1/4 teaspoon salt = 575 mg sodium 1/2 teaspoon salt = 1,150 mg sodium 3/4 teaspoon salt = 1,725 mg sodium 1 teaspoon salt = 2,300 mg sodium'
1500 mg a day is the allowance.
The Swedish Meatball meal contains 670 mg sodium total.
Fitness Minutes: (90)
8/21/14 9:15 A
I eat one maybe twice per month when I run to the store on my lunch break. They really make me retain fluid because of the sodium. If I preferred one it would be the Weight Watchers Smart Ones. They have a lot of variety and have pretty good flavor. I do like the Lean Cuisine Panini too.
I doubt if it matters. Both are processed food and personally I'd move away from that to real food. However, if you don't have time to make a meal, these can be OK. I would encourage you to make salad to go along with them as they never filled me up for long.
Just watch the sodium.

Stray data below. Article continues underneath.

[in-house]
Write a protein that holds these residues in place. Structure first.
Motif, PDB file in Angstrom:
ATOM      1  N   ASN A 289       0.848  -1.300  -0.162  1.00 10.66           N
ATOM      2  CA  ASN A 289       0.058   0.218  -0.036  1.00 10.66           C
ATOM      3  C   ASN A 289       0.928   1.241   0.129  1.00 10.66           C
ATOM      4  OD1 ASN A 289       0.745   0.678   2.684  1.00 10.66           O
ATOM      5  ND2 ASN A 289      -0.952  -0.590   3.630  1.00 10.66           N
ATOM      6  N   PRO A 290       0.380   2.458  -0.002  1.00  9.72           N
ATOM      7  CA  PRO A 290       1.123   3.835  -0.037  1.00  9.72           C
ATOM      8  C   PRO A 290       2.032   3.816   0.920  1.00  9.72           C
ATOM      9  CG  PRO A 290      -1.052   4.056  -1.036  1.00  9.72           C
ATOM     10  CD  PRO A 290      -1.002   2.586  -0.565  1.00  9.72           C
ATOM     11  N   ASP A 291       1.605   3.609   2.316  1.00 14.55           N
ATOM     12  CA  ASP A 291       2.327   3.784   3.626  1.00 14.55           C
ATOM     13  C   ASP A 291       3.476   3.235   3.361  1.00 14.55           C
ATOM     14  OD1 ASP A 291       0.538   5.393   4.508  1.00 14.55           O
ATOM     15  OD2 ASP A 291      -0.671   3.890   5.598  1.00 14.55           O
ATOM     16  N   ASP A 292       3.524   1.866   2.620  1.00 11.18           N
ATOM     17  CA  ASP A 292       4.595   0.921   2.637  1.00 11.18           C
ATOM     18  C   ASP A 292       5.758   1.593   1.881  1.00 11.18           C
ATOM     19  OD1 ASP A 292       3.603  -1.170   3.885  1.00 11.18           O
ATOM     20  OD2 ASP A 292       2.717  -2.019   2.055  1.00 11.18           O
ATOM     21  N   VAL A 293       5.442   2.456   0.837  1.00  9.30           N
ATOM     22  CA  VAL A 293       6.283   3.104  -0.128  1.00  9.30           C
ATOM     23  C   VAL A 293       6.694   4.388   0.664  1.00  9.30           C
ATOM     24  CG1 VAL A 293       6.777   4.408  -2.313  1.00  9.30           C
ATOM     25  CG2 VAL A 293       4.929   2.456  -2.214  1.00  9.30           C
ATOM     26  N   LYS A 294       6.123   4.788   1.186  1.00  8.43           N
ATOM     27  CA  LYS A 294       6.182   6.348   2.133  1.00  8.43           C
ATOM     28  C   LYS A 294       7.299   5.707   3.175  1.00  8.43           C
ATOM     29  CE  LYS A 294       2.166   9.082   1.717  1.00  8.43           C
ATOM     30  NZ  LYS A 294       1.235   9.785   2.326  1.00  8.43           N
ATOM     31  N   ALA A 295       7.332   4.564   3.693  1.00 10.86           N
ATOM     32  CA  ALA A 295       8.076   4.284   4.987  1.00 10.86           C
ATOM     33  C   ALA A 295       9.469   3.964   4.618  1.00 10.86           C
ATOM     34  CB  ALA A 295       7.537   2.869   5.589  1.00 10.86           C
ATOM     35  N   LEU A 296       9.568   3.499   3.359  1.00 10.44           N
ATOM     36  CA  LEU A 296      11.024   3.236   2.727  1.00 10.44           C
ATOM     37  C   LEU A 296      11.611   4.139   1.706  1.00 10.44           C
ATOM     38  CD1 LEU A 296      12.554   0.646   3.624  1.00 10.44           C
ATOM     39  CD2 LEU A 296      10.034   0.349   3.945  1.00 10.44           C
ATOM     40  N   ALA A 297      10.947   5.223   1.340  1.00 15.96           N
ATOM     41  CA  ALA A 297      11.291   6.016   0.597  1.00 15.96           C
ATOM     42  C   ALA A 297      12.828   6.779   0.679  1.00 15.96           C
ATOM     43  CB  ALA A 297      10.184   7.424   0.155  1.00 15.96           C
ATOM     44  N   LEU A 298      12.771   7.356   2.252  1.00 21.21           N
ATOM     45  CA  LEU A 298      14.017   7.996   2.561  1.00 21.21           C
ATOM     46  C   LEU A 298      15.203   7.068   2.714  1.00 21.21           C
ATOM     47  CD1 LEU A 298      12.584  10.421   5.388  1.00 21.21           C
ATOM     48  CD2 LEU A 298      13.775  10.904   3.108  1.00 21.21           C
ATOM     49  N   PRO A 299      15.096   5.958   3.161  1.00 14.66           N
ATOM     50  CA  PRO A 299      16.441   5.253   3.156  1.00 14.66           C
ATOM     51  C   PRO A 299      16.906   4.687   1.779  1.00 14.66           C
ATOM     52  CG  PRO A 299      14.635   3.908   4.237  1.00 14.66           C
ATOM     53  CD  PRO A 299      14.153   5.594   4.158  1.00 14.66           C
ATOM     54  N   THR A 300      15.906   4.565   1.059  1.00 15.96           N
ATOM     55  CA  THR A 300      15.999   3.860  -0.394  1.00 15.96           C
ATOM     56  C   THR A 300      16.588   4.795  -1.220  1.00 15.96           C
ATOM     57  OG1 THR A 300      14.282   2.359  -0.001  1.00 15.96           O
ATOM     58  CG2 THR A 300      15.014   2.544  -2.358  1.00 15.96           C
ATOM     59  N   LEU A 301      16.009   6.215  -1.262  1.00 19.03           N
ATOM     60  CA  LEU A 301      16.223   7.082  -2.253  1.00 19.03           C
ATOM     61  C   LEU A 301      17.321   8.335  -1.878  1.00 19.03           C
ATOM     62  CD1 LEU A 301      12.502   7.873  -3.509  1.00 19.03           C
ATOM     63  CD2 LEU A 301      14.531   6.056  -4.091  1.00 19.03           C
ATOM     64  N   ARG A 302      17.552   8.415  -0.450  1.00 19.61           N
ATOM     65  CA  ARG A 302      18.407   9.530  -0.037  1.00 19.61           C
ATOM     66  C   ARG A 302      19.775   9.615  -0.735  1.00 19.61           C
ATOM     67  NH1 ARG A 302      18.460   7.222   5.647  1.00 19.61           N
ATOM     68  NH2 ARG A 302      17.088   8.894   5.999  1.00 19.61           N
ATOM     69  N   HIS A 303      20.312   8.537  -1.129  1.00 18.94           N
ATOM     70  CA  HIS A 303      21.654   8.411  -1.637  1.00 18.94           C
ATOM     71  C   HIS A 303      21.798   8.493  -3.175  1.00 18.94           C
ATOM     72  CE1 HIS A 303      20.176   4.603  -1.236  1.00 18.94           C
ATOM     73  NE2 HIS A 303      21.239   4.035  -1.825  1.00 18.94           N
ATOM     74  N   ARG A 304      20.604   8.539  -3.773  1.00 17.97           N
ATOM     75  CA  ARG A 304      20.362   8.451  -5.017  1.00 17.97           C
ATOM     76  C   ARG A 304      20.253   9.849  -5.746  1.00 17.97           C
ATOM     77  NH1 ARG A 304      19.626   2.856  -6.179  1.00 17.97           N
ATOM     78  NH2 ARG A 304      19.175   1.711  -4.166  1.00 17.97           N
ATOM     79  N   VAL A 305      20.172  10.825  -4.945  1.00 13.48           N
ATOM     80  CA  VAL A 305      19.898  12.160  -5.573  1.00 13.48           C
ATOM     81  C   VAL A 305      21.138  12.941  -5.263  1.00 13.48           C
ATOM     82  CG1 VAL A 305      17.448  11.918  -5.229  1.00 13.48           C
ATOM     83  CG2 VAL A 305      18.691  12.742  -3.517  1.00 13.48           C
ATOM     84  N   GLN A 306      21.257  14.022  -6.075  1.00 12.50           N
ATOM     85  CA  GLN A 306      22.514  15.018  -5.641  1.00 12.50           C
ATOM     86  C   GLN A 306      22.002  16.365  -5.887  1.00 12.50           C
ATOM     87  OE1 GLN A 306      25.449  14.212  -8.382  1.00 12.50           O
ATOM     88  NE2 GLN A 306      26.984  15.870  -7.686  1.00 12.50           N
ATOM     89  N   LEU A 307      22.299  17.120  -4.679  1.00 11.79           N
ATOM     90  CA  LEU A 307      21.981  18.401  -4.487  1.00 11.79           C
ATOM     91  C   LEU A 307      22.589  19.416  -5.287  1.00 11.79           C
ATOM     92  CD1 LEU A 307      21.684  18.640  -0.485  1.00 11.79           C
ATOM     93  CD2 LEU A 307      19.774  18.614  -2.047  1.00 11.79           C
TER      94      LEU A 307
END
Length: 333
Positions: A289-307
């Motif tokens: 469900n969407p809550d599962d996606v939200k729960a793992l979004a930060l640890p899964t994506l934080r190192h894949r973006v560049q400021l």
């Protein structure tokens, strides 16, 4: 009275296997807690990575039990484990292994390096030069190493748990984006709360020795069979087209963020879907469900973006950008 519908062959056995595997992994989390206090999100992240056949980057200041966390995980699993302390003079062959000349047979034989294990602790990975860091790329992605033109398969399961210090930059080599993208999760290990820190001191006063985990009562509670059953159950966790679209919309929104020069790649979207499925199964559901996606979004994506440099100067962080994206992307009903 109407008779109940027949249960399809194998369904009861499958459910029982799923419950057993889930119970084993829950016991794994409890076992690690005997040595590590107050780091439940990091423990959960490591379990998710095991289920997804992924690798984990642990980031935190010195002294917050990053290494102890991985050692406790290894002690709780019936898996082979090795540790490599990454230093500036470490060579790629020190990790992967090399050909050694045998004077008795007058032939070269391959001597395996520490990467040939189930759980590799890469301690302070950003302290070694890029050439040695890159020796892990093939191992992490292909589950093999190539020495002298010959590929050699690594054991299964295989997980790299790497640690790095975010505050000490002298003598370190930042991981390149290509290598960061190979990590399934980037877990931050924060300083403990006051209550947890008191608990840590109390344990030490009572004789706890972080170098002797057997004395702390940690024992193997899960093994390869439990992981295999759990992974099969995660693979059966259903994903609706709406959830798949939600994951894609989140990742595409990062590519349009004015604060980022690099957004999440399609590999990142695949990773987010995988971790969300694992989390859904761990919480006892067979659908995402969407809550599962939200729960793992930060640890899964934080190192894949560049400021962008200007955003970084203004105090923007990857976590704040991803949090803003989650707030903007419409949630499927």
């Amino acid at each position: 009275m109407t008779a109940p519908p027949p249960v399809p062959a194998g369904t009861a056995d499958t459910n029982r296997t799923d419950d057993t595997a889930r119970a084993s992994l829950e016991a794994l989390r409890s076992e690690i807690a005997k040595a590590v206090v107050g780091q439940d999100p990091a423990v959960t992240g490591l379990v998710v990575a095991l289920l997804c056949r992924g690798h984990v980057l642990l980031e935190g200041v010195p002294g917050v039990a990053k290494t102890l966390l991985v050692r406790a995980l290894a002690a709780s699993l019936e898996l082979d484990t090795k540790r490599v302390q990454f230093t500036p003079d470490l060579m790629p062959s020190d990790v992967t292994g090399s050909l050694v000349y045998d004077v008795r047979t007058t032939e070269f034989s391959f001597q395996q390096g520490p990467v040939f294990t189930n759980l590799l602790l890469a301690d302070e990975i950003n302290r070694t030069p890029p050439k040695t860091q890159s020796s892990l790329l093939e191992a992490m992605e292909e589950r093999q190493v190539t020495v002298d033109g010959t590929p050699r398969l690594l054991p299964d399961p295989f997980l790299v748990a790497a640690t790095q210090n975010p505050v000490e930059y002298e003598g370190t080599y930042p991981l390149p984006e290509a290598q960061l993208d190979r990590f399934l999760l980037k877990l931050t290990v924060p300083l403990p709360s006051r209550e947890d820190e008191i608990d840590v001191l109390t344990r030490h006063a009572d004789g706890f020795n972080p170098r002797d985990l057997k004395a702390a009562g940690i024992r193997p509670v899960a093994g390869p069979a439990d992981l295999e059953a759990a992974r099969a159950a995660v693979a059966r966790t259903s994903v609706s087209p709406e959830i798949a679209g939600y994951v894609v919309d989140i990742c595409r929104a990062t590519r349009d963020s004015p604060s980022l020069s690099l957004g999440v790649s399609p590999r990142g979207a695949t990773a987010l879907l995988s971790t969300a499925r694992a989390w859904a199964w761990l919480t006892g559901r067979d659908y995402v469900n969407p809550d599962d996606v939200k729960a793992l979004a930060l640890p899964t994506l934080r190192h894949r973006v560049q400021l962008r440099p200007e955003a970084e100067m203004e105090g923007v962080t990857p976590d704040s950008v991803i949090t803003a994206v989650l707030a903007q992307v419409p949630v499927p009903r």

101 Maintenance Weeks
Fitness Minutes: (20,182)
8/20/14 6:08 P
I usually avoid processed foods, but I have some in my freezer to help me get back on track. I cook veggies to eat with it to fill me. Right now if I were to make a meatloaf, I would probably eat half of it. I do watch my salt intake so I usually only do one meal this way, but it seems to be helping me. I also choose the one with the lower sodium amount because of this.
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Processed is processed. I try to avoid any of that stuff. I do eat some off-plan thing like that, rarely (I mean like once or twice a month).